George V. Reilly

Speaking Truthiness to Power

On Saturday night, at the White House Cor­re­spon­dents Dinner, Stephen Colbert did something brave and unparalled. Standing 10 feet from George Bush and in front of an audience of hundreds of members of the Washington press corpse, Colbert, acting in his persona of a Bill O’Reil­lyesque pundit, flayed them with irony and sarcasm.

Colbert ripping Bush

The greatest thing about this man is he’s steady. You know where he stands. He believes the same thing Wednesday that he believed on Monday, no matter what happened Tuesday. Events can change; this man’s beliefs never will. As excited as I am to be here with the president, I am appalled to be surrounded by the liberal media that is destroying America, with the exception of Fox News. Fox News gives you both sides of every story: the president’s side, and the vice president’s side.

But the rest of you, what are you thinking, reporting on NSA wire­tap­ping or secret prisons in eastern Europe? Those things are secret for a very important reason: they’re super-depressing. And if that’s your goal, well, misery ac­com­plished. Over the last five years you people were so good – over tax cuts, WMD in­tel­li­gence, the effect of global warming. We Americans didn’t want to know, and you had the courtesy not to try to find out. Those were good times, as far as we knew.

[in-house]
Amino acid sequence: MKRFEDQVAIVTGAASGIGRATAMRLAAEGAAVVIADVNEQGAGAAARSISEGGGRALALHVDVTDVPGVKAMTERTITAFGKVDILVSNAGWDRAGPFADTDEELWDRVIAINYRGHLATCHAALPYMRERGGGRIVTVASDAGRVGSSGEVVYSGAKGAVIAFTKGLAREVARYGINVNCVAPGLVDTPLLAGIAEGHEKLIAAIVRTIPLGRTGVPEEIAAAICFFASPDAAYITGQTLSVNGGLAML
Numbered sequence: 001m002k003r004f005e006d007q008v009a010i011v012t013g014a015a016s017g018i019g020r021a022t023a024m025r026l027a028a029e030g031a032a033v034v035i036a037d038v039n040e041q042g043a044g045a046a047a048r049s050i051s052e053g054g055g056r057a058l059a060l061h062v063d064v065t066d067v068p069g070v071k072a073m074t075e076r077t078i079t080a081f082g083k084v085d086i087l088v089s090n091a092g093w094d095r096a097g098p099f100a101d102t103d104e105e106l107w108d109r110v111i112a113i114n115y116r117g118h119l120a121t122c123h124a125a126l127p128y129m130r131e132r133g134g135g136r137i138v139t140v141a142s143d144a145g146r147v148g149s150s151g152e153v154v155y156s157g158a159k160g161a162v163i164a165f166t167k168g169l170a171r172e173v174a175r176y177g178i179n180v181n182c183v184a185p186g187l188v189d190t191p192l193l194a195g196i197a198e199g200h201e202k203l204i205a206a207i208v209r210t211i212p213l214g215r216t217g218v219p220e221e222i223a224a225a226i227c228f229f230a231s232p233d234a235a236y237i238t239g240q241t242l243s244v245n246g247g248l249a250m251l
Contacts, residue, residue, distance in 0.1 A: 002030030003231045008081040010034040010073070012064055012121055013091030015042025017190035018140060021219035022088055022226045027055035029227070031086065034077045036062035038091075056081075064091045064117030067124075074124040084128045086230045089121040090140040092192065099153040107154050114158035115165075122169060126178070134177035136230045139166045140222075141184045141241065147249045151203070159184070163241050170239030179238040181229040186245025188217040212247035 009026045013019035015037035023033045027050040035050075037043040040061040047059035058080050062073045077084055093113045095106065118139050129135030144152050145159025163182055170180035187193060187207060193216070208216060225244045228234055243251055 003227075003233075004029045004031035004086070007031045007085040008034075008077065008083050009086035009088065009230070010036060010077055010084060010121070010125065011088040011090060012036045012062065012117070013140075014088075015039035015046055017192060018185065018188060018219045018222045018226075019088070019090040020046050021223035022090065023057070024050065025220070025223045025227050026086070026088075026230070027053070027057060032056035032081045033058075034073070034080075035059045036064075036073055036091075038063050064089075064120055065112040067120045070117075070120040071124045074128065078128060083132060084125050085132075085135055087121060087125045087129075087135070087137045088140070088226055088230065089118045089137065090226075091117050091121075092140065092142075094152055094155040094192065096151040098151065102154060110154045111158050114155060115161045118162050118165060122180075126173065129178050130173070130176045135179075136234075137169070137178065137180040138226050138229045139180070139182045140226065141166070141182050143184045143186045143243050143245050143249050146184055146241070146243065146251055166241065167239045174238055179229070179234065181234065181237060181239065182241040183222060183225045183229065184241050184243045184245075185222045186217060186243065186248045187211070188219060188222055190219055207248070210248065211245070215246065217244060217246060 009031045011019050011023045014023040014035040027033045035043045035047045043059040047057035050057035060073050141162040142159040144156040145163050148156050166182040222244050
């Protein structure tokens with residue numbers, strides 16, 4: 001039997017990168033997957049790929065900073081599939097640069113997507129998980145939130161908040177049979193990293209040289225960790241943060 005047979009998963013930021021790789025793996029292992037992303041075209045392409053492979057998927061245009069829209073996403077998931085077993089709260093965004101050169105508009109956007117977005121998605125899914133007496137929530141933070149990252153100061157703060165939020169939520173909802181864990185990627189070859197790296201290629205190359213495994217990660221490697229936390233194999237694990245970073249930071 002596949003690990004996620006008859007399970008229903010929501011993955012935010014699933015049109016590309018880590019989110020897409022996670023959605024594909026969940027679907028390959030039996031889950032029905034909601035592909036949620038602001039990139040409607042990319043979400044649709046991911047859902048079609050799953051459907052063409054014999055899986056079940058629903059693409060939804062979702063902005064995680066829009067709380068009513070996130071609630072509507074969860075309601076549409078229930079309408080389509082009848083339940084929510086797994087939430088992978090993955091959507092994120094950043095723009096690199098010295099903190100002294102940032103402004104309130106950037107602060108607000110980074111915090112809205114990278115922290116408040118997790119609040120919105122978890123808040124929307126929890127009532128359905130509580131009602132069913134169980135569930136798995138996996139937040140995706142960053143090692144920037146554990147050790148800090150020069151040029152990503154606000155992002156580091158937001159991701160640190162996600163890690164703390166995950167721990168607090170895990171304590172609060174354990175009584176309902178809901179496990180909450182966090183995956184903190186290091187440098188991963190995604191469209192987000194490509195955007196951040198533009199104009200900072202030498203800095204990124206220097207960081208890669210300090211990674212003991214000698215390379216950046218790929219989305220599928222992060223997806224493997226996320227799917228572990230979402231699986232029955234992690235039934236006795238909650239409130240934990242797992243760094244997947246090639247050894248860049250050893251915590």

But, listen, let’s review the rules. Here’s how it works: the president makes decisions. He’s the decider. The press secretary announces those decisions, and you people of the press type those decisions down. Make, announce, type. Just put ‘em through a spell check and go home. Get to know your family again. Make love to your wife. Write that novel you got kicking around in your head. You know, the one about the intrepid Washington reporter with the courage to stand up to the ad­min­is­tra­tion. You know - fiction!

Because really, what incentive do these people have to answer your questions, after all? I mean, nothing satisfies you. Everybody asks for personnel changes. So the White House has personnel changes. Then you write, "Oh, they’re just re­ar­rang­ing the deck chairs on the Titanic." First of all, that is a terrible metaphor. This ad­min­is­tra­tion is not sinking. This ad­min­is­tra­tion is soaring. If anything, they are re­ar­rang­ing the deck chairs on the Hindenburg!

What balls! To stand in front of that crowd and show them up for the fools they are.

Complete transcript. Video.

Update: A much more eloquent essay, The truthiness hurts, at Salon.

Update #2: www.ThankY­ouStephen­Col­ has over 50,000 signatures as of May 7th. And the Stephen Colbert Musical Ex­trav­a­gan­za is very silly.

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